I watched a video that a Facebook friend sent me and it encouraged me to follow up with this response. I agree fundamentally with some of the conclusions made by the group who produced this video. I am not endorsing or advocating against its candidate or any other candidate named on their video. This is not a political article or blog site. So, I will not be displaying the video here for those reasons.
The video argues that we have been conditioned to fear Mexican and Muslim immigrants and that this fear has been blown out of proportion. It provides fact based statistics supporting this claim. It denounces the idea that those on welfare are there intentionally, not willing to work. The video claims that jobs overseas is not the foreign nations fault, but once respected corporations have less allegiance to the U.S. than to profits. The video argues “if you support our troops, don’t send them to war.” The video makes many other strong arguments. But this is not what touched me.
What touched me came at the end and it is what changed the video from its original plan of “releasing a Trump satire video that alienates people” to one that encourages to lay aside our differences and open up to one another and talk. “We can’t call each other fascists or racists or lefties,” the spokesperson on the video suggests, “We have to talk as Americans.”
What turned him around, the spokesperson claims is when he went to a Trump rally to shoot his satire video and he found the people there honest, friendly and open. Most of all, he realized we have common struggles and ambitions. We are more alike than our labels make us seem different.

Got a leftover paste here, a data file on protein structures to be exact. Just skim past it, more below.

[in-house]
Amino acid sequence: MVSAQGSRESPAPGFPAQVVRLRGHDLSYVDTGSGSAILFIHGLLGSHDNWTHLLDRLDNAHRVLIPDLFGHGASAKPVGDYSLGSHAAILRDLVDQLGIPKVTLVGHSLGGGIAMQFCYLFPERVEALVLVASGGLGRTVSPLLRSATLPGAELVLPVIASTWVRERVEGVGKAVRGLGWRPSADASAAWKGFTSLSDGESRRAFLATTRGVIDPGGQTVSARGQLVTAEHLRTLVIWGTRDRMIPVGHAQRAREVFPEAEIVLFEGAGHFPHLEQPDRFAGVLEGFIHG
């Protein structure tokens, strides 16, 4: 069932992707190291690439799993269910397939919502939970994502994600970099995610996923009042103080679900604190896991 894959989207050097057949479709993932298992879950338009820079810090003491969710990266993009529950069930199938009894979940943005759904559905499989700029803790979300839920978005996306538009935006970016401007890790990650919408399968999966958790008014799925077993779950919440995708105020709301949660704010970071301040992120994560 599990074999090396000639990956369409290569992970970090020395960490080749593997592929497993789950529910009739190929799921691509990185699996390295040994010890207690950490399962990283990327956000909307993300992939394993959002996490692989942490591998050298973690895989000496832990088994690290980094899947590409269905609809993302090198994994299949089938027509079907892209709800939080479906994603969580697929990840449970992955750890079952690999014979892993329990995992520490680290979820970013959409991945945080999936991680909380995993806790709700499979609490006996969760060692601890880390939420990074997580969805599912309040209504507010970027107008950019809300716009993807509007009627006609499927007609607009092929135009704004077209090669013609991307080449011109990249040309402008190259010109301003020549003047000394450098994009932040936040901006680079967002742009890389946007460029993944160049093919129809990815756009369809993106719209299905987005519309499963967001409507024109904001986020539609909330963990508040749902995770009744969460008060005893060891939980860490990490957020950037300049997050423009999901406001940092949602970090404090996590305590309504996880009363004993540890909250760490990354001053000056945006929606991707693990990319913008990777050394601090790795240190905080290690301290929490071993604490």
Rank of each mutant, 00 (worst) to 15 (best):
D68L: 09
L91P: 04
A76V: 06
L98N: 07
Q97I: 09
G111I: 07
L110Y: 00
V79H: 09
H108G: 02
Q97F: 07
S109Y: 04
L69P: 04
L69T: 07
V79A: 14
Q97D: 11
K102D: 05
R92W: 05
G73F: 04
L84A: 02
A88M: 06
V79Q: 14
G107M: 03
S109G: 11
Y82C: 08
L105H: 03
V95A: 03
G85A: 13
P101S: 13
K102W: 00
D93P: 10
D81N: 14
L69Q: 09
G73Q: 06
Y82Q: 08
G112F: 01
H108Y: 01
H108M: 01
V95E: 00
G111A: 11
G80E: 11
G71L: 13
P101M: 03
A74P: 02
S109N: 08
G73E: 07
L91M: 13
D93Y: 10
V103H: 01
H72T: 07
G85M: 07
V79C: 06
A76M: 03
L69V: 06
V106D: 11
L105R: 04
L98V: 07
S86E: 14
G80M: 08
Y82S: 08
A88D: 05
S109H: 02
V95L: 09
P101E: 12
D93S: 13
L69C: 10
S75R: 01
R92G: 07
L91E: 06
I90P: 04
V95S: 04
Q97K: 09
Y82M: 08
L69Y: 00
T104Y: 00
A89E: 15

His claim of what we need to begin to turn things around and begin to make America great is what struck me the most. “We need to care about each other as much as we care about ourselves,” the spokesperson said. “That’s when we’ll be great,” he declared.
I am reminded of an account from Jesus’ life when one of his audience asked him which is the greatest commandment. His reply as recorded by the New International Version of the Bible was much like the video’s spokesperson’s statement. Jesus named two and claimed that all of the Jewish Law hinged on these two Godly commandments. Matthew 22:37-39, “Jesus replied, ‘Love the Lord your God with all your heart and with all your soul and with all your mind. This is the first and greatest commandment. And the second is like it: “Love your neighbor as yourself.”‘”
Did you see the resemblance? “We need to care about each other as much as we care about ourselves” and “Love your neighbor as yourself.” It’s hard to argue against the spokesperson on that issue since Jesus, one of the world’s greatest spiritual leaders claimed it also.
If you are struggling about which Presidential candidate to support, I’m not sure this helps. I am convinced that I am not hearing some of these candidates endorsing the idea of laying aside our differences and discussing our commonalities and how we can work together to find solutions. So, maybe the answer to making America great is not about a certain political platform or candidate.
Maybe the answer is in the grass roots of America. Neighbor loving neighbor. Maybe it’s not how can I get what I want and keep me and mine safe, but what can I do to help Mexico or Afghanistan or the welfare recipient or the elderly or my Muslim co-worker? What do they need? Maybe they just need for you to listen and understand. That’s something no President can do from Washington DC. That’s only something you can do right where you are.
Can your vote and for whom you vote help make a difference? We like to think so. But making America great cannot wait until May or October or January. It has to start now. Let’s talk.
I write about what I'm thinking or what I've imagined in an effort to regain that childhood imagination and marry with my many years of real experiences. I'm getting better at it the more I write.I am a published author of two romantic intrigue novels.My books can be found at Amazon.com or if you want a personalized copy, by emailing me at firstname.lastname@example.org.